Reading Russia: Dostoyevsky’s Notes from the Underground
As you may already know, this summer I’ll be traveling to Russia for a week. Because of that trip, I decided to read as much Russian literature as I could. I even blogged about my plans over at Conversational Reading. But so far, I haven’t read much; it’s taken me longer than I expected just to get through Dostoyevsky’s Notes from the Underground, The Idiot, and The Brothers Karamazov. What follows are some brief thoughts (perhaps too personal?) about Notes; look out for more posts on the next few books. Read on if you’re interested.
Okay, this was the second time I read Notes from the Underground. The first time I read it, I was a sophomore in college and I existed in a little, selfish world, and I lacked any sort of awareness of how I fit into a greater world populated by other emotionally active young adults. This lack caused me to act upon many poor decisions that directly affected the others around me. As a result of this lack, I honestly have no memories of reading Notes from the Underground. I know I read it, and I know it was on the course syllabus, but I do not remember reading it. It did not affect me at all.
But I decided to read it after Christmas last year, because we were in the early stages of planning this trip to Russia, and I had a copy, and I thought I ought to read it, and oh boy, here we go. I read the entire book during the two hour van ride from my parents’ house in Chattanooga to the airport in Nashville. Despite the driver’s tuning the radio to some awful country music station, I managed to get through the book. I recall having tears in my eyes at one point during the van ride.
Listen, this book is very important to me – “I am a sick man…” – and I can’t help but feel as though many of the narrator’s thoughts reflect some of my own. Reading this book was frightening to me not because I was so disturbed by the narrator’s ideas, but because I recognized much of what he said as things I had witnessed in my own head; I doubt this is a very unique experience, and I’m very interested to hear what others have felt in response to this book.
Here are some excerpts below that are particularly important to me and why:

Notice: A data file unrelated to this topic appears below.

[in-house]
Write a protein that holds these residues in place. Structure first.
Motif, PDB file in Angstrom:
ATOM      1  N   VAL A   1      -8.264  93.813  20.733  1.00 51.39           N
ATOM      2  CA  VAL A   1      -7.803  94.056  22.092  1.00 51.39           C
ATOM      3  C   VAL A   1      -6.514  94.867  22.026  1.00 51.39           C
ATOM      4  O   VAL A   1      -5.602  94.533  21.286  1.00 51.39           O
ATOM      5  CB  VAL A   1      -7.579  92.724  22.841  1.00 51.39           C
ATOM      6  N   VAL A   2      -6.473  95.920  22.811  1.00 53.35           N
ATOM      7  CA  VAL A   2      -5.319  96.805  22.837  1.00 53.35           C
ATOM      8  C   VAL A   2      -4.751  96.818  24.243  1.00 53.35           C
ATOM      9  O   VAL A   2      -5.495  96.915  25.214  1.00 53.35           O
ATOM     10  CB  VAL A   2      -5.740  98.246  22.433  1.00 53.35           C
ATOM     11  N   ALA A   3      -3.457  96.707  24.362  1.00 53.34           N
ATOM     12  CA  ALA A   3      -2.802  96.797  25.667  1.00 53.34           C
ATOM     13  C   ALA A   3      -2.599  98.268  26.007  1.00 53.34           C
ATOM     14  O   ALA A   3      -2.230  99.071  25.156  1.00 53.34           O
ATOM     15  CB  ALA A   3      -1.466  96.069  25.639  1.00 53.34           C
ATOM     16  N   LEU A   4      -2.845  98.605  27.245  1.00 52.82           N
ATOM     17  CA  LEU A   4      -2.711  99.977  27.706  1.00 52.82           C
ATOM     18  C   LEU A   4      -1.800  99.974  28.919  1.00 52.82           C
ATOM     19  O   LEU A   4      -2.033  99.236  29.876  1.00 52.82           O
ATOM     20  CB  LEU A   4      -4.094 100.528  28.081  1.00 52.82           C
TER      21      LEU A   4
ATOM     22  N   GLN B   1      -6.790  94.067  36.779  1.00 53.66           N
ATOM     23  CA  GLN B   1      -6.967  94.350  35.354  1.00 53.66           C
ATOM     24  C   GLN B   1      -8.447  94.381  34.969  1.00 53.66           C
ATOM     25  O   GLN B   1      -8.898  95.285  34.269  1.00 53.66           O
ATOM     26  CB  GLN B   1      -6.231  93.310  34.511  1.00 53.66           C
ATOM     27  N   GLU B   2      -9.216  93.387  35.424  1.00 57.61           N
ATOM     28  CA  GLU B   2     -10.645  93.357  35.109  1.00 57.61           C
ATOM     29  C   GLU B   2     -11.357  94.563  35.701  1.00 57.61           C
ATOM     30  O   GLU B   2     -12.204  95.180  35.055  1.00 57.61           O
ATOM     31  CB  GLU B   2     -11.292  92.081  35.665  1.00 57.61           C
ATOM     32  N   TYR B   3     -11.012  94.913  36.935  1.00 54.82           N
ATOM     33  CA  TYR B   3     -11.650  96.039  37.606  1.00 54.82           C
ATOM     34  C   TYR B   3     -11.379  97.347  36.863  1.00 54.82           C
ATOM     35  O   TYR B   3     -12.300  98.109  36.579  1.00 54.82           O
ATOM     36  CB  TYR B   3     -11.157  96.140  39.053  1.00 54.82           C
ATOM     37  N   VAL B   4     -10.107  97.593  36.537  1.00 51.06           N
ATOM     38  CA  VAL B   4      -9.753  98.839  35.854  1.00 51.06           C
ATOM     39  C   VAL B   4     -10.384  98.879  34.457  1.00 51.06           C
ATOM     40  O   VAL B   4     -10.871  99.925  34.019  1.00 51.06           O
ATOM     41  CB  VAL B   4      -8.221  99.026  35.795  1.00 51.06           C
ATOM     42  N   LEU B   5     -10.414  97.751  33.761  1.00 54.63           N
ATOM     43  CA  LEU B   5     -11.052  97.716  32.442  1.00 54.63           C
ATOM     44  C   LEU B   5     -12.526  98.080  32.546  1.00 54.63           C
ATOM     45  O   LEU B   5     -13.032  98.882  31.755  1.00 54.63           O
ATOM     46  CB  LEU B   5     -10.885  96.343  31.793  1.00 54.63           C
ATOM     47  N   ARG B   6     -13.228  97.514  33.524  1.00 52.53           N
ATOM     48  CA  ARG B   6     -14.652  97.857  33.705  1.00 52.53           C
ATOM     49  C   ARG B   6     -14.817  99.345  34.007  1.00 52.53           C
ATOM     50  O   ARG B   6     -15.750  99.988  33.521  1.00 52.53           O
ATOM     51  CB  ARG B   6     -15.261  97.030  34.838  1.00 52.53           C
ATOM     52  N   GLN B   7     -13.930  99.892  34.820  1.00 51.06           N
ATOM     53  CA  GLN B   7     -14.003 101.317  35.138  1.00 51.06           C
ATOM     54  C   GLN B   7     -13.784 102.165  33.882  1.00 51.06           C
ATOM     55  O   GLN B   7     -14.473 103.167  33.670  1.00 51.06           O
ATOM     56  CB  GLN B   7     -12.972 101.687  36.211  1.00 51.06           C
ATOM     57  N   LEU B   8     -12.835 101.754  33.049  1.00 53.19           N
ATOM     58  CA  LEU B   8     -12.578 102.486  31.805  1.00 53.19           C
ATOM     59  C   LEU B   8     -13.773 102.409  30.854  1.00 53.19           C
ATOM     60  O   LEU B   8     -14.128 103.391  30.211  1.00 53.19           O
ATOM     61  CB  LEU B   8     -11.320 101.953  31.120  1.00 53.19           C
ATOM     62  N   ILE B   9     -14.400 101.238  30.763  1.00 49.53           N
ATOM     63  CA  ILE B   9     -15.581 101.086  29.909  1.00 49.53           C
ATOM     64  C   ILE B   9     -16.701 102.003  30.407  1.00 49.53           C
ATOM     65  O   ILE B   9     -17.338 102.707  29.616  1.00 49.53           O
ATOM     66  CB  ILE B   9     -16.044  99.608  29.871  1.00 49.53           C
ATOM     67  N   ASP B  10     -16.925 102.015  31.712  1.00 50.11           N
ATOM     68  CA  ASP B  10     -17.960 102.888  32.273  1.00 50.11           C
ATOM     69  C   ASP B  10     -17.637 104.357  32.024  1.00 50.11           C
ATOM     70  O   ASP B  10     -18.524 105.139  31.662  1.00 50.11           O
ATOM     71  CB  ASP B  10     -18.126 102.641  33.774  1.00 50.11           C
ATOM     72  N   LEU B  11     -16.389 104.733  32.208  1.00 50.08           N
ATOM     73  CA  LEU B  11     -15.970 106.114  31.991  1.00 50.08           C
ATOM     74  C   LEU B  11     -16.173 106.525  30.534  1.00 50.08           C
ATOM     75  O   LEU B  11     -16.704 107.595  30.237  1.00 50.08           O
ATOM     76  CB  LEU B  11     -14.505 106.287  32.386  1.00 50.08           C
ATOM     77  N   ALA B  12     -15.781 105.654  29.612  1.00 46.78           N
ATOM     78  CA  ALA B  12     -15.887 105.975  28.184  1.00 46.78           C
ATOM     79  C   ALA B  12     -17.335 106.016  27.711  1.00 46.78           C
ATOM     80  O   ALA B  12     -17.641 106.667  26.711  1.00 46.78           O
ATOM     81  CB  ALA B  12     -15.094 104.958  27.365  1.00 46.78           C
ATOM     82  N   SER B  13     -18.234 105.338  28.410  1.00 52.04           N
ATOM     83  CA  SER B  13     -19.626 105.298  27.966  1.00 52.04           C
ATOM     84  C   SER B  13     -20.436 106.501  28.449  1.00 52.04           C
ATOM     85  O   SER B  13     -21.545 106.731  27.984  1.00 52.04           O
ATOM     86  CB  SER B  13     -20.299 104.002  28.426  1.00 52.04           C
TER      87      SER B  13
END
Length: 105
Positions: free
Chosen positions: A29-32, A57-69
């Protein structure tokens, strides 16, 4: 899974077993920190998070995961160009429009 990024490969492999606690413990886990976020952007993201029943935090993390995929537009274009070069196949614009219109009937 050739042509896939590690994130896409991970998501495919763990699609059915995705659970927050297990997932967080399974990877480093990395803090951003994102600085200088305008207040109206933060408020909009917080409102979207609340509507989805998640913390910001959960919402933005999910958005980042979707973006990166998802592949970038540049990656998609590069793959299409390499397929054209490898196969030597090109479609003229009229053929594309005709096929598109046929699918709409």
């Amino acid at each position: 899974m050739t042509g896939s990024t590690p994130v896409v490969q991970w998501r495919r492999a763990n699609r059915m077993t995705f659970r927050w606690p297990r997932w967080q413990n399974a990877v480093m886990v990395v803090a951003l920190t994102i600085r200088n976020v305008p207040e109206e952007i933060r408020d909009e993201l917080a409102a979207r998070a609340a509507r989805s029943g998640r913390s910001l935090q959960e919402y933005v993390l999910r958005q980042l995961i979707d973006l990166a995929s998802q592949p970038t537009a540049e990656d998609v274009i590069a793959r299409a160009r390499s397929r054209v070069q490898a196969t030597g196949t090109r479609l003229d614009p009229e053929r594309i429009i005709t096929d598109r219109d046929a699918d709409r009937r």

Now tell me this: why has it happened, as if deliberately, that at those very – yes, at precisely those very – moments when I was most capable of comprehending the whole subtlety of ‘all that is beautiful and sublime,’ as we once used to say, I would not only fail to comprehend it but I would do such unseemly things, the sort of things that … well yes, in short, that perhaps everyone does, but which came to me, as if deliberately, precisely when I was most aware that I absolutely ought not to be doing them?
I chose this passage because of two things: 1) I am destroyed by the phrase “I fail to comprehend it”; when I read that phrase, I can’t help but reflect on how often I fail to comprehend things that I know in my head I should comprehend. I don’t mean that I am bothered that I cannot comprehend why something is beautiful to me, but that I often can’t even comprehend that something is beautiful to me, if that makes sense. It makes me terrified a little that I am missing out on so many things. And 2) The passage helps a little bit my understanding of the Karamazovian nature: my ability to hold simultaneously two directly opposed values and not immediately die of self-cancellation.
Read this also (emphasis mine):
Let me explain: in this instance the pleasure stemmed directly from being too clearly aware of one’s own humiliations; from feeling that you’ve gone too far; that it’s foul but that it can’t be otherwise; that you’ve no way out, that you’ll never change yourself into another person; that even if you still had enough time and the faith to change yourself into something else, you probably wouldn’t want to change yourself; and that if you did want to you would still do nothing because in the end there’s maybe nothing to change yourself into.
I am occasionally pleasantly undone by the worry that I have somehow ruined my life, merely because I made a decision, and that decision forever shut off the possibility of doing something differently with my life. I can never be not-me. I feel stupid for writing this.
But just try letting yourself be carried along blindly by your feelings, without reason, without first principles, banishing consciousness at least for the time being; hate or love, anything rather than sit with folded arms. The day after tomrrow, at the very latest, you will begin to despise yourself because you have knowingly fooled yourself.
There are moments when the purest, most irrational parts of me sneak out into the world and do things with my body against my will. Holding inane, but pleasant conversations with complete strangers in the post office is one example. Writing this silly post is another. And feeling unabashed terror while resting in my bed late at night, my wife sleeping beside me, is yet another. I regret all. Please forgive me.
Suffering is indeed the sole cause of consciousness. Even if I declared at the beginning that in my opinion consciousness is man’s greatest misfortune, I know that man loves it and will not exchange it for any other form of satisfaction. Consciousness is, for instance, endlessly superior to twice two.
I have never enjoyed mathematics.
Thank you for reading my thoughts on a book that is important to me. The next few posts will (hopefully) consist of my thoughts on The Idiot, The Brothers Karamazov, A Day in the Life of Ivan Denisovitch, and We by Yevgeny Zamyatin. That is all I’ve read so far in this project.